A real red flag should be the boss offering you vacation days "off the book." That could easily be interpreted as a confession of intent to commit accounting fraud, which is a pretty serious no-no. Plus, if the boss is willing to hide things from his boss, how do you know he's not willing to hide things from you? You could be getting set up for something here.

Time to take this to someone with authority. If what he's asking you to do is flat-out illegal, go to the police or the FBI. Otherwise, go to Schuyler and explain what's going on. You won't regret it.

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Don't be too hasty though. You don't want to ruin someones life just because they are being a idiot. –  ChaosPandion Oct 1 '10 at 22:35
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Fair enough. But depends on how big of an idiot they're being. As with anything, exercise good judgment. –  Mason Wheeler Oct 1 '10 at 22:44
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Also, vacation days "off-the-book" can easily be forgotten by Colfax because there is no paper trail. So, you could end up doing the work for free. –  Jim Schubert Oct 2 '10 at 3:48
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You may be a "bad employee" in "Colfax"'s eyes for not doing the work, but if there is no support and possible retribution for doing the work from higher up or the company, you would be a "good employee" only to Colfax, and a "Former Employee" or "Reprimanded Employee" as far as your employer is concerned.

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First you should find out the reason for the need of this hush-hush overtime. Then you can decide what to do about it.

It sounds to me like your boss has made a mistake in the planning, and needs some more man hours to complete the project without having to admit it...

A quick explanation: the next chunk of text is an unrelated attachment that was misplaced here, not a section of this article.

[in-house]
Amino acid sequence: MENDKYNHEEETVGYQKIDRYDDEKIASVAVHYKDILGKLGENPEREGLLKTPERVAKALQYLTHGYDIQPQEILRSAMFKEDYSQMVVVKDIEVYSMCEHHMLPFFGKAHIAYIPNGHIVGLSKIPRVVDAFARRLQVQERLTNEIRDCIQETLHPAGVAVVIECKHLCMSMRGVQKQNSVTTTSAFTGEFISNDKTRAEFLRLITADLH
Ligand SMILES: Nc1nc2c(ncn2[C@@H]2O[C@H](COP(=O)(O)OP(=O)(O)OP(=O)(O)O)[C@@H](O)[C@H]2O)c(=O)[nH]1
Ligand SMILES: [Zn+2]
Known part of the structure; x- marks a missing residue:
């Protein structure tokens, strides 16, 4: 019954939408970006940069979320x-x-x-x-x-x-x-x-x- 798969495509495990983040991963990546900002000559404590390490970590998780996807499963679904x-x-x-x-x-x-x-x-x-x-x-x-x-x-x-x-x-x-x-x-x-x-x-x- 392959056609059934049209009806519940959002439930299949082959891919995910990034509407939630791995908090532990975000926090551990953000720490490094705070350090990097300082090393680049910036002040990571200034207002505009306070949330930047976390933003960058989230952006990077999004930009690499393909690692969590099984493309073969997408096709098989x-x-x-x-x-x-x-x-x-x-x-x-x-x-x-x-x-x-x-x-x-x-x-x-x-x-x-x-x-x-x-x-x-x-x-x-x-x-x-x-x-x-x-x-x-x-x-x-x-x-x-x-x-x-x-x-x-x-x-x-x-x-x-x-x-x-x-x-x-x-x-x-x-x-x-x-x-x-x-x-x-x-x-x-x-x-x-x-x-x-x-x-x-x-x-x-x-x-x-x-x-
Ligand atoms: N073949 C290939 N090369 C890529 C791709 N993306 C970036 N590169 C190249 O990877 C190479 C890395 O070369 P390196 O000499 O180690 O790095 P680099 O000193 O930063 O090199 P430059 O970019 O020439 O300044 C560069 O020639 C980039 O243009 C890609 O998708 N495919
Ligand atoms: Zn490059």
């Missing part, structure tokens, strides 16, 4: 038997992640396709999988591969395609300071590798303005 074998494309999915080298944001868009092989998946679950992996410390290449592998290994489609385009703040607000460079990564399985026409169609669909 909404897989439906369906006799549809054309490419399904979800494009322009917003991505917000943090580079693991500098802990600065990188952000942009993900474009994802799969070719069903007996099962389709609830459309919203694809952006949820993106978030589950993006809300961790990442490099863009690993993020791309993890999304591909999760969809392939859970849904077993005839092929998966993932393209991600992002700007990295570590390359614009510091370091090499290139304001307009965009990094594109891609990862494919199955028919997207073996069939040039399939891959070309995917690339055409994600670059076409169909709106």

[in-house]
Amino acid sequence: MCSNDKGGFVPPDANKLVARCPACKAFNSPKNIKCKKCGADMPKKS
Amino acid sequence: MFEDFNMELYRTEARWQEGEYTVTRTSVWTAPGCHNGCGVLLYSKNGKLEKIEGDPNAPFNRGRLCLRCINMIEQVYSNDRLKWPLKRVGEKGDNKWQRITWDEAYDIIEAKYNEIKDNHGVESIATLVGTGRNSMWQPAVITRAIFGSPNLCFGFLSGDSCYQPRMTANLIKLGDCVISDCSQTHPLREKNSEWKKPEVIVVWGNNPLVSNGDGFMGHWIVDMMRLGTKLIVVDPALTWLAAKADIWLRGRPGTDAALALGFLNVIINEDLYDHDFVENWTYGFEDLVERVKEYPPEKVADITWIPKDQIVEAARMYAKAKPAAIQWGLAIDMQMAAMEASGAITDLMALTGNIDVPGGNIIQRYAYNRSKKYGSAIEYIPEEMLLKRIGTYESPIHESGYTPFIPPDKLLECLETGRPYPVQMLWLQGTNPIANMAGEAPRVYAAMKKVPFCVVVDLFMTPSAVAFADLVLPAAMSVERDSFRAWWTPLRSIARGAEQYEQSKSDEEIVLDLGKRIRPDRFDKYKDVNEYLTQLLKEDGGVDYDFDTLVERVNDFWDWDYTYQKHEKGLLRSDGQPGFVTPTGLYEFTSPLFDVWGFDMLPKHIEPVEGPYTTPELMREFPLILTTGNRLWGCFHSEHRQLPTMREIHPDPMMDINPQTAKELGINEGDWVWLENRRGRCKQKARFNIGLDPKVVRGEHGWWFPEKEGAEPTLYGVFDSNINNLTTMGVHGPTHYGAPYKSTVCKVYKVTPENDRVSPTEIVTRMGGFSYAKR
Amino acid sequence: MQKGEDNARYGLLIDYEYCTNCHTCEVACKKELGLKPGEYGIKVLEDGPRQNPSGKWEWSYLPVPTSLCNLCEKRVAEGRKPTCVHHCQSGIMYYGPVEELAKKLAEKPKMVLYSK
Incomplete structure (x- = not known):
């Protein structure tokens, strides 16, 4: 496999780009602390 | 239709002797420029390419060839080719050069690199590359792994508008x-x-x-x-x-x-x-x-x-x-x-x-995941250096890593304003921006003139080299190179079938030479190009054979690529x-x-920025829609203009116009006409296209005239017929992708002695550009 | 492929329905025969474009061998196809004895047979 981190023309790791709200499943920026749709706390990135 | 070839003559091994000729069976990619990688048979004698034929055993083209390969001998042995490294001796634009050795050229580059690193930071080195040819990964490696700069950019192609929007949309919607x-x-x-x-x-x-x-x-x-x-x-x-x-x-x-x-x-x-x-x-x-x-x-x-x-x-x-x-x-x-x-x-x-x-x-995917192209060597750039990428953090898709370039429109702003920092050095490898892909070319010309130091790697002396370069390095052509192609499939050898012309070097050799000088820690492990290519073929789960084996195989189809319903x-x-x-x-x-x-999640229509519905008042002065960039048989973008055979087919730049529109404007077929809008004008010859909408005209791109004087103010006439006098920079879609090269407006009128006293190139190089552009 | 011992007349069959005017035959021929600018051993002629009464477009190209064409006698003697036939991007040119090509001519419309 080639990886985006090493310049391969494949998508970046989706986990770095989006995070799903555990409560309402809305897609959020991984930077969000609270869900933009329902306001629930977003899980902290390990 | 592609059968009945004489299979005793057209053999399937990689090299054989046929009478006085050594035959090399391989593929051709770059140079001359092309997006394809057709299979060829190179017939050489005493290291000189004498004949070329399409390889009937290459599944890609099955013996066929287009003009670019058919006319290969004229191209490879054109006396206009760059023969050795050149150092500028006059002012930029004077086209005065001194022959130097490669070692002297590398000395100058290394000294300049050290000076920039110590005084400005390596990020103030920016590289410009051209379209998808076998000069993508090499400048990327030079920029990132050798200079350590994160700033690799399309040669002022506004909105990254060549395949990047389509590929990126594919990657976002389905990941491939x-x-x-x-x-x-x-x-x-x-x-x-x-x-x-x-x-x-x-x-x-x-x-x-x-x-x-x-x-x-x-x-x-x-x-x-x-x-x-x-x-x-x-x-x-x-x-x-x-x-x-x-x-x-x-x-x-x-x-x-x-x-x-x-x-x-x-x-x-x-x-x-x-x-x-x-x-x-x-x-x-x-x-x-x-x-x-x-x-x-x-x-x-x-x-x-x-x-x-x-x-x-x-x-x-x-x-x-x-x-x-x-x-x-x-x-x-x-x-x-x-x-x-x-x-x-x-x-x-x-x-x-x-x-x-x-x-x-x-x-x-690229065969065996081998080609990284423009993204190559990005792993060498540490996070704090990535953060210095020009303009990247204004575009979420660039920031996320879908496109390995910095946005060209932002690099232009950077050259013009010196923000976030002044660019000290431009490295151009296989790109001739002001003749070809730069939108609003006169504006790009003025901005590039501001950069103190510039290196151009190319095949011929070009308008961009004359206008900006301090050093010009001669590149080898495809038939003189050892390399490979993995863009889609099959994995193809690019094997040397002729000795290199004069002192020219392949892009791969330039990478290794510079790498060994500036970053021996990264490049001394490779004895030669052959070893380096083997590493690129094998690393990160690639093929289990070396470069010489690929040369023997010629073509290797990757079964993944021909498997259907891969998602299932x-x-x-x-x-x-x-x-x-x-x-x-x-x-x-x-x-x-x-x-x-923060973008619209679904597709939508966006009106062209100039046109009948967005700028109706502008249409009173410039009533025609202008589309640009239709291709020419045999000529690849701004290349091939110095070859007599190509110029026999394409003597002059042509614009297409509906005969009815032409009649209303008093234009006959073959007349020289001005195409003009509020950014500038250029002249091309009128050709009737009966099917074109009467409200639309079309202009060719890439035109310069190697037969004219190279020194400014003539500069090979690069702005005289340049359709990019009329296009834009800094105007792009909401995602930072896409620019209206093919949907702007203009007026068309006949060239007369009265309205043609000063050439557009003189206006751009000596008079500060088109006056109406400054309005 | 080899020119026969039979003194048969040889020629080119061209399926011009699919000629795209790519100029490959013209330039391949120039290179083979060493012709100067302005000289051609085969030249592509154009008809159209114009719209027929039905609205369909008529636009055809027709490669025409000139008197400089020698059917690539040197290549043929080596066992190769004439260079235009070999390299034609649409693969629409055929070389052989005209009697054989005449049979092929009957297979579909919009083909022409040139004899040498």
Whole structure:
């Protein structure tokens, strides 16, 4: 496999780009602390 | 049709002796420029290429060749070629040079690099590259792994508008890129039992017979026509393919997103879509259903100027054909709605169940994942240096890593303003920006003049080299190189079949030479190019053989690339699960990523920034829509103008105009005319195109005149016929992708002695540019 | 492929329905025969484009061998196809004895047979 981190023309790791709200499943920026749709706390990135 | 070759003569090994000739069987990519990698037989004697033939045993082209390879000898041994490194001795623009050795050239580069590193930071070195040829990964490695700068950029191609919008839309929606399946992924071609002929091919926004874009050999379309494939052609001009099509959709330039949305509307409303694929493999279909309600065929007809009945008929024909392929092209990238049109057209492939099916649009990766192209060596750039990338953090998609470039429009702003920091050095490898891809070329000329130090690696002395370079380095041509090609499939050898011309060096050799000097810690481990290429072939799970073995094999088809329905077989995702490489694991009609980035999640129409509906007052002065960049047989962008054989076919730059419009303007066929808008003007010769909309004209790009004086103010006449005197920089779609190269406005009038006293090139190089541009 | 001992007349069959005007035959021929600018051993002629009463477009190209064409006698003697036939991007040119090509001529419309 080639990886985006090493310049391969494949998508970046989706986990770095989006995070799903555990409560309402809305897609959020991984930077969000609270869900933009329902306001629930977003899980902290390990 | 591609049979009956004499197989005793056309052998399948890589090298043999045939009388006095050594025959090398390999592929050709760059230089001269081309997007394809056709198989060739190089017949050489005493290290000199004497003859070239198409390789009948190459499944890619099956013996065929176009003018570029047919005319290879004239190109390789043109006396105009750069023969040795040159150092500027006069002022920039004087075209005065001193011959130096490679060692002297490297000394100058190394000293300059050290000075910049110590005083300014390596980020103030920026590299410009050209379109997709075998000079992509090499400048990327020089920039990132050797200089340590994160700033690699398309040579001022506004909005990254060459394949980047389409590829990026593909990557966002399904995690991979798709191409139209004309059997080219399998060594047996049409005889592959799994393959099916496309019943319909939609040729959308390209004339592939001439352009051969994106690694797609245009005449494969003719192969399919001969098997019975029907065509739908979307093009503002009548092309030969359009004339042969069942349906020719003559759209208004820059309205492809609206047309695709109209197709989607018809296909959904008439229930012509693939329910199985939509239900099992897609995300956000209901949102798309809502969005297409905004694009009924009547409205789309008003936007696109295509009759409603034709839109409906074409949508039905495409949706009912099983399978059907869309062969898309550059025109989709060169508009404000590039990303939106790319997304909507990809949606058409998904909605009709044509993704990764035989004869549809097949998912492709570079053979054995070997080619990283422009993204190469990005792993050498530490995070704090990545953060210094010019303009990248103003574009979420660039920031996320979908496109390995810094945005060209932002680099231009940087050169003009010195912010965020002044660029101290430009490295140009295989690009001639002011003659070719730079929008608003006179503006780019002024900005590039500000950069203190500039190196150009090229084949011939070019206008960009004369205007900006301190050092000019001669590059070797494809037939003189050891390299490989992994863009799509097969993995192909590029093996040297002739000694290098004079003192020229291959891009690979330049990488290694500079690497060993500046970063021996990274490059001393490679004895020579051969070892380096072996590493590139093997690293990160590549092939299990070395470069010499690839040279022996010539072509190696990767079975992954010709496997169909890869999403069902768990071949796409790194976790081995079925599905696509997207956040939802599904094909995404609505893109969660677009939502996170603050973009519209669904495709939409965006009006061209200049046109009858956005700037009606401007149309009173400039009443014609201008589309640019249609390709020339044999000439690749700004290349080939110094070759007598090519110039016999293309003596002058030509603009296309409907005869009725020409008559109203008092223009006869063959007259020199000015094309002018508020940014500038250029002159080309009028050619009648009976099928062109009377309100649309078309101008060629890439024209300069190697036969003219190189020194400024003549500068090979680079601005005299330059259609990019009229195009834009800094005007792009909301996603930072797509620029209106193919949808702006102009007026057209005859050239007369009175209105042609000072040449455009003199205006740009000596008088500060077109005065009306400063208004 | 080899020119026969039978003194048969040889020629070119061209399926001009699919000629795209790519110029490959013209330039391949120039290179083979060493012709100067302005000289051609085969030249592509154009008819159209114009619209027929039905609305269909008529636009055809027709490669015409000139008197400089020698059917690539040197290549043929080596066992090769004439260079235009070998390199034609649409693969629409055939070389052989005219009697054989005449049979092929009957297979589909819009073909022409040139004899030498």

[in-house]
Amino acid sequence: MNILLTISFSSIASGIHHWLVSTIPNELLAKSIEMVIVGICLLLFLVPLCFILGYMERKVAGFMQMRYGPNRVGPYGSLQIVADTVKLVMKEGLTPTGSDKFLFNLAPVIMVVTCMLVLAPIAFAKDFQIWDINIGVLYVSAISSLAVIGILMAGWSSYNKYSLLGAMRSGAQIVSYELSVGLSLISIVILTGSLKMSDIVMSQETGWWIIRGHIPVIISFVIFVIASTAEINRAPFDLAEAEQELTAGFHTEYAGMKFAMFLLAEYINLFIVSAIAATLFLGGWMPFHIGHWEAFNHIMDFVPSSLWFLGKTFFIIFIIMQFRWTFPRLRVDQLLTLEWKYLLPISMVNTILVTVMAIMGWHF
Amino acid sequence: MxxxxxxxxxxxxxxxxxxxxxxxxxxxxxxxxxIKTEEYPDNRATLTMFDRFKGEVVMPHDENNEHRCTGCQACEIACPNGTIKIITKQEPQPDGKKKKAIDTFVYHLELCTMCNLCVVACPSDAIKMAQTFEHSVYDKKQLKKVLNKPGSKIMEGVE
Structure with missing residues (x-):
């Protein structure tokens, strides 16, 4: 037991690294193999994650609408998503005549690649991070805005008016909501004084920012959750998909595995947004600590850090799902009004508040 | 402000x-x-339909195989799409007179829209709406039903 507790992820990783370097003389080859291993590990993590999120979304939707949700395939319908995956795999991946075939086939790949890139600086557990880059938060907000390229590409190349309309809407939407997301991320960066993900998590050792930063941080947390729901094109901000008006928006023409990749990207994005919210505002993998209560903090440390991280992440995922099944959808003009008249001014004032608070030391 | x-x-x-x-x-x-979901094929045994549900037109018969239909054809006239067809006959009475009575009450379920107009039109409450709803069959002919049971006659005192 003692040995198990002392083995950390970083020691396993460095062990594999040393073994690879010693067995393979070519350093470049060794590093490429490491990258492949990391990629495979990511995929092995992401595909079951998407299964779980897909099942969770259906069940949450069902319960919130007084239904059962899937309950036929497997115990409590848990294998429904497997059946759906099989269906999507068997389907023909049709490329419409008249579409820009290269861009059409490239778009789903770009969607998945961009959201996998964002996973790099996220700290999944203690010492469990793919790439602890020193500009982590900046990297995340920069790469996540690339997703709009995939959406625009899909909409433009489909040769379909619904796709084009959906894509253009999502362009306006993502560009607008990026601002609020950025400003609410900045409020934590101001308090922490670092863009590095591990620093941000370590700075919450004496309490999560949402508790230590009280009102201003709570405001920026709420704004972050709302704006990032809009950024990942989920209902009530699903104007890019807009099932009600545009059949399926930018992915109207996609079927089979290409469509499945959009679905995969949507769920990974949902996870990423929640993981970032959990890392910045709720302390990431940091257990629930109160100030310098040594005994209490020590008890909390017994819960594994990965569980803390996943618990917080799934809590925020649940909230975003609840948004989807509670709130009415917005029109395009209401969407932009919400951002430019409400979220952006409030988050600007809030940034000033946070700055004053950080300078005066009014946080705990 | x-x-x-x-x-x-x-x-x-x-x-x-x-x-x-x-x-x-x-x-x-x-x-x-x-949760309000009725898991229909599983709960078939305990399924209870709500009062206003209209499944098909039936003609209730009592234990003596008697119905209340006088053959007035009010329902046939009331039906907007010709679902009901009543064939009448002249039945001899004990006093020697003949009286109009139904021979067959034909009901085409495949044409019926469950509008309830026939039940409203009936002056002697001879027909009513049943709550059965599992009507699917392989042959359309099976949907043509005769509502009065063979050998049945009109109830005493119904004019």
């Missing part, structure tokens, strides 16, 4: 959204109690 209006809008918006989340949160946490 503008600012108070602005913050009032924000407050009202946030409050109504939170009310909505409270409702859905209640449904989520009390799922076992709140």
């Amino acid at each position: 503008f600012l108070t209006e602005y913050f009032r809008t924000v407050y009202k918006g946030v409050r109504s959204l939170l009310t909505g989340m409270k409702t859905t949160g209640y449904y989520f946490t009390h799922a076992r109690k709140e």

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I forgot to mention that. I did ask him why the need for secrecy, and Colfax says that Schuyler doesn't like people working extra hours, regardless of whether or not they get compensated. Furthermore, this project is not high on Schuyler's radar, but Colfax thinks it is very important and thus just wants to get it done. –  RHPT Oct 1 '10 at 22:27
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That doesn't smell right. If it was a company project then it will eventually come to light and the subterfuge will be exposed. Without more detail about your boss and the work it's a hard call. If it's conceivably something he will use OUTSIDE of this company then you are way out of bounds. I am a wee bit paranoid so I would get something in writing OR I would save e-mails OR I would surreptitiously record a conversation so that I had something as a backup in case everything went south. Failing that, just assertively refusing to do the work would most likely be best. –  Todd Williamson Oct 2 '10 at 14:05
    
@RHPT, that completely changes things, so please edit it into the original question. If this project is a success, is it likely to change Schuyler's opinion of its importance? –  smci Jul 15 '11 at 18:51
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This kind of thing happens a lot, actually. I agree with Lance, it sounds like a project that he really thinks is important, but can't convince his boss to buy off on it. If that's the case, the risk is all his.

He's making a power play, and it'll end good or bad. Most often when I see this, the manager wouldn't get fired if it doesn't pay off. At worst, they may reprimand him, but usually his subordinate (you) would be completely off the hook. You were just doing what you were asked, being a team player, and not doing anything questionable (I assume, based on your details).

Even more to the point, sometimes developers do this. I've done it a couple times. Convinced that an idea will work, I will attempt to slap together a prototype to show my boss and/or colleagues. It's a delicate line, in this case, since you are using company time. But it can really pay off (good visibility and reputation of a go-getter) if it works out. It is a risk though.

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It does happen a lot. The "off the books" vacation time is usually called "comp time", and my last two employers both used it, although for both it was a company policy rather than a personal agreement. Also, the OP says, it's a company project Schuyler knows about but disagrees with Colfax about its importance. So I don't see this as having any moral implications at all unless you're uncomfortable with Colfax trying to prove Schuyler was wrong about the project. I'd say it's more of a political risk than anything else, and a lot depends on how you feel about Colfax, Schulyer, and the project. –  Bob Murphy Oct 2 '10 at 6:54